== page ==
Why Save the Fulbright Program?
I began this blog in September 2012 as a way of keeping family and friends informed during my four-month stay in Lisbon, Portugal, where my husband had a Fulbright Teaching Fellowship. Were it not for this generous Fulbright grant, two-thirds of which was paid for by Portugal and the European Union, I would have never learned Portuguese, translated songs by Portuguese and Brazilian musicians for “Los Vientos del Pueblo” and a beautiful picture book due out next year from Enchanted Lion Press, or written a series of blog pieces that people traveling to Portugal have found entertaining and useful.
Occasionally, I’ve used this blog to call for action–for instance, to write public officials in New York City to ensure adequate funding for public libraries, and to urge readers to bypass the corporate hype and give small press published books a chance. This is another of those posts, as I call on readers to support the funding and independence of the Fulbright academic exchange programs.
The Obama administration has sent a budget to Congress that calls on a cut of $30 million dollars to the Fulbright program as well as a redirection of the program’s focus to Southeast Asia and Sub-Saharan Africa. Although the Fulbright program is slated for cutback, the entire budget for international academic exchanges is not; in fact, the administration wants an overall increase of 1.6%.
The issue is one of control. The administration wants to give additional money to programs under the direct control of the State Department and USAID (United States Agency for International Development, under the auspices of the State Department). The remaining Fulbright monies may be similarly earmarked, as the administration envisions a Fulbright University in Vietnam, a Young South-East Asian Leaders Initiative, and a Young African Leaders Initiative. As established in 1946 and reaffirmed in 1961, the Fulbright was designed to be independent of political parties and whims, receiving funding from both the U.S. government and governments abroad in varying ratios (the European governments paying the largest share for their programs), and governed by an independent Board of Directors. Earmarking funds threatens this independence, while cutting the Fulbright in favor of other State Department academic exchanges weakens this respected independent program.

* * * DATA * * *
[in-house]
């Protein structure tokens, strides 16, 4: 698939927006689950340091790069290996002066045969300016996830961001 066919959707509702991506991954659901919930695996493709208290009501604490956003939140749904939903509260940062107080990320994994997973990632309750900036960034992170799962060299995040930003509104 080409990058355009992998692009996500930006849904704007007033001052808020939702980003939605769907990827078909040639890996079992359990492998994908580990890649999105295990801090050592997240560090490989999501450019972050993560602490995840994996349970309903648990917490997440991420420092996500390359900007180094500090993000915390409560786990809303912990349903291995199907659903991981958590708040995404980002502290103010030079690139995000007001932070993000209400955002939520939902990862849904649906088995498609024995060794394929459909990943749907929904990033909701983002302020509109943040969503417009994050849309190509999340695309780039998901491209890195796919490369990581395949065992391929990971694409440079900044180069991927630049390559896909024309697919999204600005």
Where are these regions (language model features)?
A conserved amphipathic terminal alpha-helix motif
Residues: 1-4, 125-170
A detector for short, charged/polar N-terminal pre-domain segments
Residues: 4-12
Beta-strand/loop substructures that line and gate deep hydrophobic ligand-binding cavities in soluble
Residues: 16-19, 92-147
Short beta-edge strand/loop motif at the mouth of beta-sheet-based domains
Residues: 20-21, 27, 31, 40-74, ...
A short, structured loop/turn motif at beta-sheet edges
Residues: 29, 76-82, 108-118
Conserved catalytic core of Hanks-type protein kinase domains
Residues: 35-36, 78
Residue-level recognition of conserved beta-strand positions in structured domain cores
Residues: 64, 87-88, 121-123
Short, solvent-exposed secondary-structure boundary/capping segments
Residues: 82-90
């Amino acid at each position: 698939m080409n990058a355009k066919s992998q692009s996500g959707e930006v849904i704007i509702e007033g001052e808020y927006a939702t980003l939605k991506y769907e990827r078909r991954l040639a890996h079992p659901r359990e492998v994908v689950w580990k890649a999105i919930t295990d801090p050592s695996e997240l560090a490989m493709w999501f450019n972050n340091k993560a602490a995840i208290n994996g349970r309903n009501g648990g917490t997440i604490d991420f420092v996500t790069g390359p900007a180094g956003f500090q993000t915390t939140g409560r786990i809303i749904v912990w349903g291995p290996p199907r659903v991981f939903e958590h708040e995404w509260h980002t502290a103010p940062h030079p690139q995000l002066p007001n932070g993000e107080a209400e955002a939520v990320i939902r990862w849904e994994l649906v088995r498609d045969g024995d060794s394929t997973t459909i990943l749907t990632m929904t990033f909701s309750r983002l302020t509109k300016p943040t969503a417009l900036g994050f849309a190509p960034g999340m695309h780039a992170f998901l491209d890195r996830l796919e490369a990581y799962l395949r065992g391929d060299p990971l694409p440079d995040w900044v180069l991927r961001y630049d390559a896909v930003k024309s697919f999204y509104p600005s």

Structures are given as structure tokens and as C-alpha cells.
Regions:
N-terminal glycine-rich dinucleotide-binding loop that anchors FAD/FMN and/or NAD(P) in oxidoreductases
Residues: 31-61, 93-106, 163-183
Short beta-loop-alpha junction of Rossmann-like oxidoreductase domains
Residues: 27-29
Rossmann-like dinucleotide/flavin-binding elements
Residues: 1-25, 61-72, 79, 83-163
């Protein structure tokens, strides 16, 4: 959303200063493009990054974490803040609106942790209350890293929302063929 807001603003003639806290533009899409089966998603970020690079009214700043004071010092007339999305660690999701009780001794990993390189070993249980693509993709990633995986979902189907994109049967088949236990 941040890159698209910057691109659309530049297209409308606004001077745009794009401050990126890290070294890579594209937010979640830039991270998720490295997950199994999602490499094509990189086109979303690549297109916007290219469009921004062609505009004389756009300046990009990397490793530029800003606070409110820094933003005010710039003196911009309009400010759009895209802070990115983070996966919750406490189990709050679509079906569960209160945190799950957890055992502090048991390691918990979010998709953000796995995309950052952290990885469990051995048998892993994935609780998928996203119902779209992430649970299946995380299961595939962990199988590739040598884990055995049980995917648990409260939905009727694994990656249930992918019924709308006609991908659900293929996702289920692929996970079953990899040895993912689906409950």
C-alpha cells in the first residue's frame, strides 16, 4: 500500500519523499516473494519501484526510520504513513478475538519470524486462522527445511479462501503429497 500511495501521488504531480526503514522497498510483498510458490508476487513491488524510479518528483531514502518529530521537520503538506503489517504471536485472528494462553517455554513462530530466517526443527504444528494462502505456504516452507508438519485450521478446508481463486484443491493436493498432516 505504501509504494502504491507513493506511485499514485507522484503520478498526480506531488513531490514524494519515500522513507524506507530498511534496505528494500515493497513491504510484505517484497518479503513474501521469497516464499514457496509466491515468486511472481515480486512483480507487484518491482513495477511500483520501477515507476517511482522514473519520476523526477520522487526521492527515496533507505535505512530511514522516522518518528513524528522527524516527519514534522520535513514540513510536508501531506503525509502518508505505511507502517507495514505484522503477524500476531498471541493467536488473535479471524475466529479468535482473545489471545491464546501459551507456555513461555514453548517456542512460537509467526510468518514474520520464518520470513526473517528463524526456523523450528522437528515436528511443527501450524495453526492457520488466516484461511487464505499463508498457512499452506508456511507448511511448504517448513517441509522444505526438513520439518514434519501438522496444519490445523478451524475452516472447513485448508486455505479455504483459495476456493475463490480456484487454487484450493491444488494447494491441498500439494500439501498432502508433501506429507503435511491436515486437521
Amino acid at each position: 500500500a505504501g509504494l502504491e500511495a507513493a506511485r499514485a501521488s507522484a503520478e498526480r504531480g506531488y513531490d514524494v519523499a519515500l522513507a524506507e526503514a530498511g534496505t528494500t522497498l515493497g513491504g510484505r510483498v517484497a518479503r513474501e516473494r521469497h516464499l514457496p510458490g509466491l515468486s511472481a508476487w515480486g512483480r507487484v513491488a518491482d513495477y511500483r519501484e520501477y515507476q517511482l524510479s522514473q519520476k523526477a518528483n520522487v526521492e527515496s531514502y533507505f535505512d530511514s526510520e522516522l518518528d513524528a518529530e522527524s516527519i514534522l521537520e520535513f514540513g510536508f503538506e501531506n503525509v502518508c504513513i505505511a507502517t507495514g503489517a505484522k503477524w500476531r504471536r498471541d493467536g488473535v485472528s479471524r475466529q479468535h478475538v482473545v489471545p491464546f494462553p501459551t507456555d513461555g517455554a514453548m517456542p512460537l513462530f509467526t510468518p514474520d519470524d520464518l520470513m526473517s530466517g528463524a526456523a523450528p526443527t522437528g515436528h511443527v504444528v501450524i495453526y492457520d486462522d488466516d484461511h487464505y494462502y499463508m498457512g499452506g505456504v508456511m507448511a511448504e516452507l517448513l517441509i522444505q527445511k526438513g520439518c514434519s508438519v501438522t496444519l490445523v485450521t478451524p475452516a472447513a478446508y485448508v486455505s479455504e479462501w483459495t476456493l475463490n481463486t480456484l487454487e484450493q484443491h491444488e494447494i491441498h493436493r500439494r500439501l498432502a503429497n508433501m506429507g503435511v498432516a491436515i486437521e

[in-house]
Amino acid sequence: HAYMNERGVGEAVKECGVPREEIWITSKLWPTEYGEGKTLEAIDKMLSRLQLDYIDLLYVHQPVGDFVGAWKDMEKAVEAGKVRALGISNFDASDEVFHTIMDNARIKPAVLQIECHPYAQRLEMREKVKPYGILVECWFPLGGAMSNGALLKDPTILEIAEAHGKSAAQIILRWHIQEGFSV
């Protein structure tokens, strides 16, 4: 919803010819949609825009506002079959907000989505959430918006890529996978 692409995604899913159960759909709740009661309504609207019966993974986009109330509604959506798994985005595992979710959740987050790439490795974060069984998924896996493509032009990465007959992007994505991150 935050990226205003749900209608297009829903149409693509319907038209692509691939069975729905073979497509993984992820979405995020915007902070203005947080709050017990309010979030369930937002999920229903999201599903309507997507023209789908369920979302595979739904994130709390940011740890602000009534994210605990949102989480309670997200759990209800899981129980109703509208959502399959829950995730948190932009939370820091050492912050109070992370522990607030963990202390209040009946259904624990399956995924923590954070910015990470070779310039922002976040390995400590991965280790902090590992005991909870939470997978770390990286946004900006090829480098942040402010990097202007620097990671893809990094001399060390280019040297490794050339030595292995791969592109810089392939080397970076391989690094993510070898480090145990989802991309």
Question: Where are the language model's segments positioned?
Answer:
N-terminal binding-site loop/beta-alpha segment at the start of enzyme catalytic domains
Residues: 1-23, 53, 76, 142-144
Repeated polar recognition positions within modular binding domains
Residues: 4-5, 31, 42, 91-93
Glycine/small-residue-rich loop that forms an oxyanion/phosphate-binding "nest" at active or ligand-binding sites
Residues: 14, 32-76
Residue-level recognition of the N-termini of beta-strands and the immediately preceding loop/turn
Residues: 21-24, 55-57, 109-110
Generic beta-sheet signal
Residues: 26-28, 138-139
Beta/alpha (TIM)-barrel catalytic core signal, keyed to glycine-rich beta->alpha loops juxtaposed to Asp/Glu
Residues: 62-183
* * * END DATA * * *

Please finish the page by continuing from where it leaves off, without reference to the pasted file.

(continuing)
It is important to have a program like the Fulbright that doesn’t take orders from the administration in power for a variety of reasons, including continuity and a buffer against corruption and ideological manipulation. A university committed to academic freedom in Vietnam and young leaders programs in Southeast Asia and Sub-Saharan Africa are also laudable aims. However, it is hard not to be suspicious of U.S. government-directed programs because in past decades the U.S. government has supported regimes abroad that crushed freedom of expression and carried out genocide.
In addition, while programs with limited aims and quantifiable goals are useful, so are more open-ended programs like the Fulbright (or the Peace Corps), where the benefits may be unexpected and far-reaching. I am not, technically, a Fulbright alumna, though I have considered applying for the English Language Assistant program that is now slated to be cut. (When I was in Portugal, the English Language Assistant, a bright and eager young ESL teacher from Minnesota taught Portuguese university students who were hoping to become professional translators, where they might benefit a variety of U.S. businesses.) However, the Fulbright program has benefited me and helped me to provide useful information to travelers, educators, and their students.
What can you do? Some folks involved with the Fulbright program in Austria have created a short PDF of action plans, based on whether you are a Fulbright alum from the U.S. or from another country, or are considering applying to the program. The deadline for contacting your Senator or Representative (if you’re in the U.S.) or the U.S. ambassador in your country (if you’re a citizen of another country) is April 4. And to make things even easier, some Fulbright alumni have put up an online petition here. Let’s make sure other people can continue to take advantage of this worthwhile program!